ANA routing rules regarding connections are a little complex so if you want to try to learn more about them check our this article. If all of that seems a bit over your head, you can just play around with the search function on ANA’s website and try to find connecting flights that work for you based on what they provide.

The total fees at about $465 for a roundtrip is a little high, but you can’t forget that you’re getting an awesome redemption rate of 120,000 for your roundtrip, or if you book with ANA’s own metal, just 105,000!

Stop over and open jaw possibilities

Don’t forget that you’re allowed a stopover and open-jaw with ANA as well. If you’re routing through Asia, it might make sense to book your stopover there in a place like Tokyo or Beijing to help break up your flights. 

Many people who make the trip all the way down to New Zealand like to combine their trip with a trip to Australia or perhaps an exotic destination like French Polynesia.

If you wanted to include a stopover in Sydney you could do the following:

  • Outbound: SFO -> AUK
  • Inbound: AUK -> SYD [stopover] -> SFO

Or, if you wanted to hit up Australia and still make your trip even more exotic by stoping over in a place like French Polynesia you could go with the following:

  • Outbound: SFO -> AUK
  • Inbound: SYD [open jaw] -> Tahiti (PPT) [stopover] -> SFO

You’d have to take care of your flight from AUK to SYD and your fees might be a little higher since your flights might not include just United, but for 120,000 miles, getting to New Zealand, Australia, and French Polynesia is superb, even if you have to shell out a little in fees.

Alaskan Airlines

Alaskan Airlines offers great redemption rates to a number of destinations around the globe and New Zealand is one of those places. As usual, the rates differ depending on the partner, so here are a few of the best ways to use Alaskan miles to get to New Zealand.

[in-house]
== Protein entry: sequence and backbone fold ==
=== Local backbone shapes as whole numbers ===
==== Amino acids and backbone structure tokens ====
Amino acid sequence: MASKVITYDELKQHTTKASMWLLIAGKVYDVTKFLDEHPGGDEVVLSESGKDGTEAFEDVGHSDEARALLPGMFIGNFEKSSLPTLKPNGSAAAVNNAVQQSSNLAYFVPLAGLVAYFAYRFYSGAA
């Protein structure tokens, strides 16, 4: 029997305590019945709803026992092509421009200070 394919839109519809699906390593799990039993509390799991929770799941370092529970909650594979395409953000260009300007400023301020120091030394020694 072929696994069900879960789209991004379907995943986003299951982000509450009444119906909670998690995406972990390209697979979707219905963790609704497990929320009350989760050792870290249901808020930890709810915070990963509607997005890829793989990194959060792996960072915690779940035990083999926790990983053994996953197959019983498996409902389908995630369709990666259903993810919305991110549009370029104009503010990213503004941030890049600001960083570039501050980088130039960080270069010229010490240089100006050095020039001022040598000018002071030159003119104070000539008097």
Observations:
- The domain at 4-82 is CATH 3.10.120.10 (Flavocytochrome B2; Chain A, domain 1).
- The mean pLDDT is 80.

Cathay Pacific B777-300
Cathay Pacific is a great use of Alaskan Miles to New Zealand, Photo by Alvin Law.


  • 85,000 in economy
  • 110,000 in business class

The 110,000 is business class roundtrip to New Zealand (via Australia) and sounds exceptional, right? The problem is that almost all of the search results you find for business class redemptions will be mixed-class cabins, with the long legs from the States being in economy or at best premium economy. Unfortunately, much like Air New Zealand, business class award availability with Qantas is one of the hardest to come by. Every once in a while they roll out with more open dates but for the most part if you want to find open business class seats, you’ll have to do a lot of searching and will probably struggle to find suitable options for a roundtrip (though it can be done).

However, if you’re interested in economy you should be able to find plenty of open seats; it’s just that the deal isn’t quite so sweet at 85,000 miles roundtrip.

Fiji Airways

  • 80,000 in economy
  • 110,000 in business class